Amazingly, I found a certain sense of calm in all the turmoil that was going on inside my head and stomach.  Sure there were tears and "end of the world" moments for me.  And I honestly always knew that those test results would come back positive for Down Syndrome.  So the days of waiting were filled with tears for those lost dreams that I had for our little Lillybug. Knowing she would probably never get married and have children of her own was what really broke my heart.  Being a mother has always been the most important part of who I am.  Ever since I was a little girl, I've only wanted to just be a mother.  When I finally married at 30, it was my goal to bring children into the world as soon as I could.  I read all the books and focused on all the things that I felt were best for my future children.  Parenting has been something that I've dived into completely and whole-hearted.  And I wanted to pass that love and desire on to my children--especially my daughter(s).  But...I guess expectations like this can die even when you are blessed with a "typical" child.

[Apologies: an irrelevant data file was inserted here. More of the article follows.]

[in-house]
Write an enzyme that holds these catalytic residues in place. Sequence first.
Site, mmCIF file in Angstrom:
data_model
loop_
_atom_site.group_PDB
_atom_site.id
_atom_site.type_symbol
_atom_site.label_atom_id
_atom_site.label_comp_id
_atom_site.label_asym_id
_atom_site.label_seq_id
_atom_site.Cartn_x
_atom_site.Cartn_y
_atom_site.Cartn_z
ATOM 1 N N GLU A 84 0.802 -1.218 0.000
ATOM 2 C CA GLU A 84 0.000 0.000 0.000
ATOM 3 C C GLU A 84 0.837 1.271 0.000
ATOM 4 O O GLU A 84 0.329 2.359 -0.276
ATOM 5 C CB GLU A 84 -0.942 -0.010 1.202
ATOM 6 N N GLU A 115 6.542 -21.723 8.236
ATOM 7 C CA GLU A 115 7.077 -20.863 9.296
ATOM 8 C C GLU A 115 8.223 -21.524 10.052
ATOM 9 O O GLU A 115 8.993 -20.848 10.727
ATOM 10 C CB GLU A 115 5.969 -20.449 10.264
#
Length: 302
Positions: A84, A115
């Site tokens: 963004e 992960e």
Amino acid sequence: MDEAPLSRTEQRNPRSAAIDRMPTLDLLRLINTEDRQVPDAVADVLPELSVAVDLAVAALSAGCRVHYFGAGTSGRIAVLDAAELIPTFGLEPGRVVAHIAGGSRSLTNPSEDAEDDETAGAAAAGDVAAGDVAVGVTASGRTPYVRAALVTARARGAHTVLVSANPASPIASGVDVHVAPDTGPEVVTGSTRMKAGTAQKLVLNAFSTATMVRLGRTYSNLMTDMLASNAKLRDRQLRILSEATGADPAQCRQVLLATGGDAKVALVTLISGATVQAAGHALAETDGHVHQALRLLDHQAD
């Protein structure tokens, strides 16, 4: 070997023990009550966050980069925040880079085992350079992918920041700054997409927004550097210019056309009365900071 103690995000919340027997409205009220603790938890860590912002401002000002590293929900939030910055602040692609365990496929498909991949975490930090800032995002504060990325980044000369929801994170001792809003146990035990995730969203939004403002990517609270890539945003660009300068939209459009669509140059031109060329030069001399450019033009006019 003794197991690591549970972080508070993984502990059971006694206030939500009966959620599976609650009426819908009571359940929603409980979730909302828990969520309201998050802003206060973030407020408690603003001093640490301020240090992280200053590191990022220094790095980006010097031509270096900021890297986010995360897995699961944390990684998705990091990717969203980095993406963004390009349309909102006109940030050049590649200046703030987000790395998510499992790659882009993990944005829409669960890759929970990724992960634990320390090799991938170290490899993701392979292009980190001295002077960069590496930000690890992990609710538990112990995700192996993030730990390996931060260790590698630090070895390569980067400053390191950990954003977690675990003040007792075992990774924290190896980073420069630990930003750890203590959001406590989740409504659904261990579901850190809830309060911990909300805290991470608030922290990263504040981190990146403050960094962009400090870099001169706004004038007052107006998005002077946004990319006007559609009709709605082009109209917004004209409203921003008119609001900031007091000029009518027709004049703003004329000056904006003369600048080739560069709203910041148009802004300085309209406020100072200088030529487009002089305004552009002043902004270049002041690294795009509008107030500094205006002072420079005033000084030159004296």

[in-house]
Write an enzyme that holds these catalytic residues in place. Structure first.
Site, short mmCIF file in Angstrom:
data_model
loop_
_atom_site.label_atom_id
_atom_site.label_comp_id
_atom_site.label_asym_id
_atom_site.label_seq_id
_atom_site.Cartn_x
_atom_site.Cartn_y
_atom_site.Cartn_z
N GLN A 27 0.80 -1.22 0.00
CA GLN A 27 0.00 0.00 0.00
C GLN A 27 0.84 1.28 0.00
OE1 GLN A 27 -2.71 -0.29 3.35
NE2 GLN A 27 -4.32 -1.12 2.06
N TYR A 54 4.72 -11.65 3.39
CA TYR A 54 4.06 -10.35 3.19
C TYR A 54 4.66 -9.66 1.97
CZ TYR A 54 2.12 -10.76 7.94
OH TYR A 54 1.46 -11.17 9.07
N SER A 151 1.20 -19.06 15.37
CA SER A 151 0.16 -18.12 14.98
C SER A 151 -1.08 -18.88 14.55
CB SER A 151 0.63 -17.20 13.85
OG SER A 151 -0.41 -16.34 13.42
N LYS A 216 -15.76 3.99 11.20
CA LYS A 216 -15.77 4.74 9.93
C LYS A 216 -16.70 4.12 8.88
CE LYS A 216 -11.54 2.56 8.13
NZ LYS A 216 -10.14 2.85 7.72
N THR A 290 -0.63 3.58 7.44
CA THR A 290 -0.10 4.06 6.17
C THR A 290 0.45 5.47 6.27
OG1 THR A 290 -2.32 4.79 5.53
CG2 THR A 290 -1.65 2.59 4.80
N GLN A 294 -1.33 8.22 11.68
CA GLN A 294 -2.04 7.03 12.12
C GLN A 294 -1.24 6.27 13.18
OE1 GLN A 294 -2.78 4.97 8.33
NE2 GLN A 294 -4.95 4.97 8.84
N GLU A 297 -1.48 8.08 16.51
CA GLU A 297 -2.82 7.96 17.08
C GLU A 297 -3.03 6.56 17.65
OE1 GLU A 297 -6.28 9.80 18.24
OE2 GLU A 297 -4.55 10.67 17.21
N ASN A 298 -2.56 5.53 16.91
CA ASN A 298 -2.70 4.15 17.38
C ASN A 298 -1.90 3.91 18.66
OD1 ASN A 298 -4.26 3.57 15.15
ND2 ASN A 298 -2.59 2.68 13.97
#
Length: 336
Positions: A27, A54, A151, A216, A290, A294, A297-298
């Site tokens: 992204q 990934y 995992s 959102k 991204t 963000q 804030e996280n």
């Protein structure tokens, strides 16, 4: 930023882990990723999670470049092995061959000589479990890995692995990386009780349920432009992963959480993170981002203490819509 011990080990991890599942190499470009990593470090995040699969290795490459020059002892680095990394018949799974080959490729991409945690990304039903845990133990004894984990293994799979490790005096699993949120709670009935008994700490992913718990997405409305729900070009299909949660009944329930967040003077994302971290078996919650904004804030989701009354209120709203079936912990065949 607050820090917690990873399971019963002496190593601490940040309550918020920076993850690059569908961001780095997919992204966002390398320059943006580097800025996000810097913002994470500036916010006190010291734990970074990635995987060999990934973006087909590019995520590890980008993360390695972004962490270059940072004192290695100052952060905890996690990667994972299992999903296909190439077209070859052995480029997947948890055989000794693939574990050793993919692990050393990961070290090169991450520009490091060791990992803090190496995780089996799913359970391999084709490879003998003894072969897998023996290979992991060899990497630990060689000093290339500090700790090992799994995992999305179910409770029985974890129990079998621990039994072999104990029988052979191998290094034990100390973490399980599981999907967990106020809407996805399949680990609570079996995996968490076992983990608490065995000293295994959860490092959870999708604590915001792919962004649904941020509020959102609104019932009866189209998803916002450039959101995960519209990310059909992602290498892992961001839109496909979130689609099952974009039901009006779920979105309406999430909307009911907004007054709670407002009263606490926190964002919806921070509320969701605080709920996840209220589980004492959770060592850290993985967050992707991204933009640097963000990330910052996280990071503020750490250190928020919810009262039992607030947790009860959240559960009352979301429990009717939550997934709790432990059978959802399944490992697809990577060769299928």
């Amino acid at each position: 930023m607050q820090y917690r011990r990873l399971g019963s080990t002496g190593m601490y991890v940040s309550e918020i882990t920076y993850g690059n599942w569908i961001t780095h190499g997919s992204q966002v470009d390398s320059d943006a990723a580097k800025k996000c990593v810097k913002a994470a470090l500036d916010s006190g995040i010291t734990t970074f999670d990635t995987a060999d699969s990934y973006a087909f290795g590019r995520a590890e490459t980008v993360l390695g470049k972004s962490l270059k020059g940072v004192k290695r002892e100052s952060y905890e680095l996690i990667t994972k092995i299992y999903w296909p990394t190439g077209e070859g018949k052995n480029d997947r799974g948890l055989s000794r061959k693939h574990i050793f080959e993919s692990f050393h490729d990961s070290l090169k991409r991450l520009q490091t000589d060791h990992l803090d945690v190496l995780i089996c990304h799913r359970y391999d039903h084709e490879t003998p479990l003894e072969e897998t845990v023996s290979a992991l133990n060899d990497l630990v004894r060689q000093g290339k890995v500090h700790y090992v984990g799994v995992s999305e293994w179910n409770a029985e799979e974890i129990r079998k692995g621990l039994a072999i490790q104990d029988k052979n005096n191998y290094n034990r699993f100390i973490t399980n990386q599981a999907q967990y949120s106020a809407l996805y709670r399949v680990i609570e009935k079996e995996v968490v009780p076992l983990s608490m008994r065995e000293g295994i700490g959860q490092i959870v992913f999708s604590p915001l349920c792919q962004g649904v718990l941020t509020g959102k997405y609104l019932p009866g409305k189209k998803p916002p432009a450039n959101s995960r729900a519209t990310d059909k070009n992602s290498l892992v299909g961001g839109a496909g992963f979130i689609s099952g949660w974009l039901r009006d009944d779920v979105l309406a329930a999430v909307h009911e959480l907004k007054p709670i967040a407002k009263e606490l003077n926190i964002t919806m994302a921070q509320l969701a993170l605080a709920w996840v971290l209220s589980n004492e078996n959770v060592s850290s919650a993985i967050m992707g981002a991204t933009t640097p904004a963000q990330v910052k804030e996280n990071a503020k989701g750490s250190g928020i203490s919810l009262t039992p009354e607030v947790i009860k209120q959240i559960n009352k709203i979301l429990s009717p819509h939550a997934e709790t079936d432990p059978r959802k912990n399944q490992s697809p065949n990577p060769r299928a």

This is me trying to find the humor in things as the days went by and I was nervously waiting for the results.  Look at my eyes, they're puffy from crying all day.  And yes, I did feel like a cow.  Lilly is a good little nursling.
So then we got consumed with the "what if" expectations.  Like what if we have to watch our child grow up with this huge label of "I have Down Syndrome.  Don't expect me to accomplish anything amazing in life".  I almost considered not telling anyone about Lilly's condition, and seeing if people treated her differently.  But then again, I think we were jumping ahead of ourselves.  No need to fear what hasn't even happened yet...or will ever happen for that matter.